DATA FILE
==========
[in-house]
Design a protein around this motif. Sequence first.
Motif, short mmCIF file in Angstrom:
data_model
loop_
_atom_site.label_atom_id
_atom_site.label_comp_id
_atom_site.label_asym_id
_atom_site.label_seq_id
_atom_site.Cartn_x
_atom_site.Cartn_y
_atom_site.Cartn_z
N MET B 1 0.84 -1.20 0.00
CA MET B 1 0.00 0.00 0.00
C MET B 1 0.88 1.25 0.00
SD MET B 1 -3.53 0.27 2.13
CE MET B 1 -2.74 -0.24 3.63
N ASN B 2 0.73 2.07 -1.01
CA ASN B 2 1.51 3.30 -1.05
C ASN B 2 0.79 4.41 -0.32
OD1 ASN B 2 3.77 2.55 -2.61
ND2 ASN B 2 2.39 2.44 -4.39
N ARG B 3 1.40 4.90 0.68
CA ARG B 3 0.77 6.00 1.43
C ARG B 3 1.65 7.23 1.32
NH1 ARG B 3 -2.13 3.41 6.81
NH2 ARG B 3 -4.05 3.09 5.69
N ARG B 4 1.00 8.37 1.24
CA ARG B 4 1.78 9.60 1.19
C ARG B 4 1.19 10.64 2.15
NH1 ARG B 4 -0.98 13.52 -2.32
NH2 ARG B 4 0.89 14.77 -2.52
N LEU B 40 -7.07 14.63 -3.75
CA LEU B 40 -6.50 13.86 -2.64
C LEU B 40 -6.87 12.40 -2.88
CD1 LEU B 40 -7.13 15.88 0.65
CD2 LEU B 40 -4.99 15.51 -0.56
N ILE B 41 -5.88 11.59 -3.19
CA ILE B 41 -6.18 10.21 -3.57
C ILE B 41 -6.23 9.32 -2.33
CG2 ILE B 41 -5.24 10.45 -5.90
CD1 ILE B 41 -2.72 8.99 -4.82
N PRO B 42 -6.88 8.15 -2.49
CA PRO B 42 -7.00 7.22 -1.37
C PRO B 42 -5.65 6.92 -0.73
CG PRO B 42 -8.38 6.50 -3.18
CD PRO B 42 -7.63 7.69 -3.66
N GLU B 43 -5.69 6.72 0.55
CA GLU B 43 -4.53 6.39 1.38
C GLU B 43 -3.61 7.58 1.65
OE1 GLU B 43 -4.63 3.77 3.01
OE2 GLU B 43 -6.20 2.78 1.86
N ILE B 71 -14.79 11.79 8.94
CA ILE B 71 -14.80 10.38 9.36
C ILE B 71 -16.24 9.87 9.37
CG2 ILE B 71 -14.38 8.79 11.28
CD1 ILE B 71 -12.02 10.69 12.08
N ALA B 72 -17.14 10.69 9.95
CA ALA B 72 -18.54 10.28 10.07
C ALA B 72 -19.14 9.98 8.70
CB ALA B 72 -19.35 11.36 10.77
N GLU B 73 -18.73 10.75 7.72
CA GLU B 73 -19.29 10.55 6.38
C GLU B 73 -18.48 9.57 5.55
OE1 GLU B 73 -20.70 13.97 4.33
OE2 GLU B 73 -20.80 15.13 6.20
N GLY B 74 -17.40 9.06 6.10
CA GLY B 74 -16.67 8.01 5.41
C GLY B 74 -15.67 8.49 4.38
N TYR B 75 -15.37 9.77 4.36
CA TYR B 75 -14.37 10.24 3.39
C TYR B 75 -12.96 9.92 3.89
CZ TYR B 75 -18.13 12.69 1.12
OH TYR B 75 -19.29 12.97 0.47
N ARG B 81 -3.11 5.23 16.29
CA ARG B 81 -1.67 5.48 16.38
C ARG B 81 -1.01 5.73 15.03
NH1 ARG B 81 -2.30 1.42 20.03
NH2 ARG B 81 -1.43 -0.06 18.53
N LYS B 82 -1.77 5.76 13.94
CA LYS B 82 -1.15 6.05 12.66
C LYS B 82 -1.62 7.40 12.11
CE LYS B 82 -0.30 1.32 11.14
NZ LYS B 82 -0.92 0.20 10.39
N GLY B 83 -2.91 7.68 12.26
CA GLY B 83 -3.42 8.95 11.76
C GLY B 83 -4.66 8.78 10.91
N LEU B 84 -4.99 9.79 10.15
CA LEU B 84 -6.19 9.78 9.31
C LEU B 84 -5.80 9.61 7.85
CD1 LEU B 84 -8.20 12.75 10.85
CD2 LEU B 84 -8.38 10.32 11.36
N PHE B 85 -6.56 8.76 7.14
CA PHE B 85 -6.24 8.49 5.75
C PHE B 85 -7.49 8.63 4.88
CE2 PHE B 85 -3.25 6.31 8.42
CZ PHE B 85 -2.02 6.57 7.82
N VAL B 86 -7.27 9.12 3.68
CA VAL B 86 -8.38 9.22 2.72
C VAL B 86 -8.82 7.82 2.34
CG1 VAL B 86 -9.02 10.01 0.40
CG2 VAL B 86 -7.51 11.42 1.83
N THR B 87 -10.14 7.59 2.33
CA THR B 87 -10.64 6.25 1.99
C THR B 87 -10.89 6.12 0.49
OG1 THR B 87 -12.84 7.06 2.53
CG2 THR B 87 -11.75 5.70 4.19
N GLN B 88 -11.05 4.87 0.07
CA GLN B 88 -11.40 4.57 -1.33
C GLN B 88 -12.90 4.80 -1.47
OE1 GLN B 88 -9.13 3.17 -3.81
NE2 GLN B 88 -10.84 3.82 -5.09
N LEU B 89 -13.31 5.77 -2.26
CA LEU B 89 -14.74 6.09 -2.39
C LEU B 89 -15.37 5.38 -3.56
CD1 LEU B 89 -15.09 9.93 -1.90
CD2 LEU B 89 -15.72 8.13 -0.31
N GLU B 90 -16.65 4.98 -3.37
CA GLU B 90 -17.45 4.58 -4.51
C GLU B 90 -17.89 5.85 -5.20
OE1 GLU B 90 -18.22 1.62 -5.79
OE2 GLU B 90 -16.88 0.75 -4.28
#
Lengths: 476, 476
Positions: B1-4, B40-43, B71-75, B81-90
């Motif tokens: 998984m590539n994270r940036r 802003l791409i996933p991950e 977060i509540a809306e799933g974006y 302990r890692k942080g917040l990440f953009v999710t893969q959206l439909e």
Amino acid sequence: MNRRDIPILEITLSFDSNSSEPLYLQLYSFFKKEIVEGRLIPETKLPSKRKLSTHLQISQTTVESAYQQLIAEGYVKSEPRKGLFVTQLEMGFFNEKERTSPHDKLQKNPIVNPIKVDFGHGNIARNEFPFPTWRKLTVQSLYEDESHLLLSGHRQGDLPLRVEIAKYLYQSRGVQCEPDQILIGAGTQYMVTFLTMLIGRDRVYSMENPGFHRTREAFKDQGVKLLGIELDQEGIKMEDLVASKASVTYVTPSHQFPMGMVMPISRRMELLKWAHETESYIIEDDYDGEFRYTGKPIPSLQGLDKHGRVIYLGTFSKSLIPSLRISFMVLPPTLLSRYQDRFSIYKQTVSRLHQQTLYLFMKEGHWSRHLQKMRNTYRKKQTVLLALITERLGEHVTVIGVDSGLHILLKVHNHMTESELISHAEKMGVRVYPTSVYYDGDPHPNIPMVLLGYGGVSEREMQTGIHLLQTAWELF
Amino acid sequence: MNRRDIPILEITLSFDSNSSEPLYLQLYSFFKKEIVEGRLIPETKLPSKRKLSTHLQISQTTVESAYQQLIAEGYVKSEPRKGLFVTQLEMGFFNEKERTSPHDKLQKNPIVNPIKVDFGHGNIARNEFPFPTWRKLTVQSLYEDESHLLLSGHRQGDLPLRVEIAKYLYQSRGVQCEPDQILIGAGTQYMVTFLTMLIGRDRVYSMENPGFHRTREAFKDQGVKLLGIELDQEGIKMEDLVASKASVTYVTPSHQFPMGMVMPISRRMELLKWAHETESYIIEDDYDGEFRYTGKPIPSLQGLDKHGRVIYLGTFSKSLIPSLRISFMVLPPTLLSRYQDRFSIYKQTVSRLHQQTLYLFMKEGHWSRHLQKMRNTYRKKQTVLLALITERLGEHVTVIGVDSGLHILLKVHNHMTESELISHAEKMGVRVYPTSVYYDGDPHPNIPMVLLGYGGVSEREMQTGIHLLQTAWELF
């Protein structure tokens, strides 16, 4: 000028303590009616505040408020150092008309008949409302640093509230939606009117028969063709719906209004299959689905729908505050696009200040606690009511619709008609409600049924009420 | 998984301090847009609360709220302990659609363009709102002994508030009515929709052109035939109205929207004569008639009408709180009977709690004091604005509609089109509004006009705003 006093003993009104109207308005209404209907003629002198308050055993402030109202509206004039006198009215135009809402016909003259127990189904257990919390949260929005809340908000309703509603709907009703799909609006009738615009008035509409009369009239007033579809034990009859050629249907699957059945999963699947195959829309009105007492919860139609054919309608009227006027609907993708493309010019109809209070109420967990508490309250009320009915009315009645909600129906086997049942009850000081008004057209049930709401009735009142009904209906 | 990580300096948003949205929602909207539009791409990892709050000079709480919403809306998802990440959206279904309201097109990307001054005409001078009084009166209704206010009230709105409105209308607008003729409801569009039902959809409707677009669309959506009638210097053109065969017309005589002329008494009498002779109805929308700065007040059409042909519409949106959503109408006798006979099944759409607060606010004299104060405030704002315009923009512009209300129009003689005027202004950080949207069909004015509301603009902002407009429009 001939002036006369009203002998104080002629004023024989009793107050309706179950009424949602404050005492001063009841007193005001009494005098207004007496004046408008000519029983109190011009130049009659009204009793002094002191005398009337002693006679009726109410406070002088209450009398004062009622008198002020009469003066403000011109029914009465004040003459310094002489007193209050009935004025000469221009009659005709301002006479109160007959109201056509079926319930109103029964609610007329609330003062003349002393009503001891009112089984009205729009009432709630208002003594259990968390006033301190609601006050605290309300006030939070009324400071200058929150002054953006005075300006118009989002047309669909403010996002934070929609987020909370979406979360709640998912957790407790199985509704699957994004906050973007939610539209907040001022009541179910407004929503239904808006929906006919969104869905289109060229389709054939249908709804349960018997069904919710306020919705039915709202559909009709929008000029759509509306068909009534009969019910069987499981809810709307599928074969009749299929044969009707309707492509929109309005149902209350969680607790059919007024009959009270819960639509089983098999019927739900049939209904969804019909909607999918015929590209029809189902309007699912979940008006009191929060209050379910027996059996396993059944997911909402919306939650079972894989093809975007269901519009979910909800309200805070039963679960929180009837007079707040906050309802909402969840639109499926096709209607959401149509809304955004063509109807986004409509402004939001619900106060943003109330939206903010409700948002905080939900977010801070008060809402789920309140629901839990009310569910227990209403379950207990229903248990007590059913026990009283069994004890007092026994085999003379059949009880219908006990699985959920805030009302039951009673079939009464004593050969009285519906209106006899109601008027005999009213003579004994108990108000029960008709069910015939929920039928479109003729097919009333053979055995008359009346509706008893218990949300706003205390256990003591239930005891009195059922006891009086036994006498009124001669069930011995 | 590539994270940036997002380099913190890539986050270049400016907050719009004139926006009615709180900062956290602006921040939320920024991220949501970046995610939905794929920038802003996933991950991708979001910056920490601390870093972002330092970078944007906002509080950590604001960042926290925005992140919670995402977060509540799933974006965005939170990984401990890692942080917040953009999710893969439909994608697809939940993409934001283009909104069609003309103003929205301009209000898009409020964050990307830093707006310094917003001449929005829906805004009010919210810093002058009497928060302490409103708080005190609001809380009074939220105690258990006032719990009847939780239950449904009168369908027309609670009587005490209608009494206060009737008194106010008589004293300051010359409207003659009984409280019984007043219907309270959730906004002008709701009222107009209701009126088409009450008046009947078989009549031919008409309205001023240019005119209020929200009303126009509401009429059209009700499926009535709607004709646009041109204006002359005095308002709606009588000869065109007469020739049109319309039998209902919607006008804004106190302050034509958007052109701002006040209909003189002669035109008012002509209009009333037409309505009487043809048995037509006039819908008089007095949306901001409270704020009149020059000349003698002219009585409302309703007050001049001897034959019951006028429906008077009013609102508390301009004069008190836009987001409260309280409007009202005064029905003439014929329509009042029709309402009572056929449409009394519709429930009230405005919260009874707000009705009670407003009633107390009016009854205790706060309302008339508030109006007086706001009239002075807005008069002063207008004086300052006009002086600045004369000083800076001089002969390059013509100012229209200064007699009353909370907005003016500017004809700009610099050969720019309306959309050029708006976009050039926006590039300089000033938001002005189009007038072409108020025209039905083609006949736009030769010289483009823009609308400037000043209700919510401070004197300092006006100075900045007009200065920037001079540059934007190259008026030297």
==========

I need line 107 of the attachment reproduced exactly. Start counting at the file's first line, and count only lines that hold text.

CG2 THR B 87 -11.75 5.70 4.19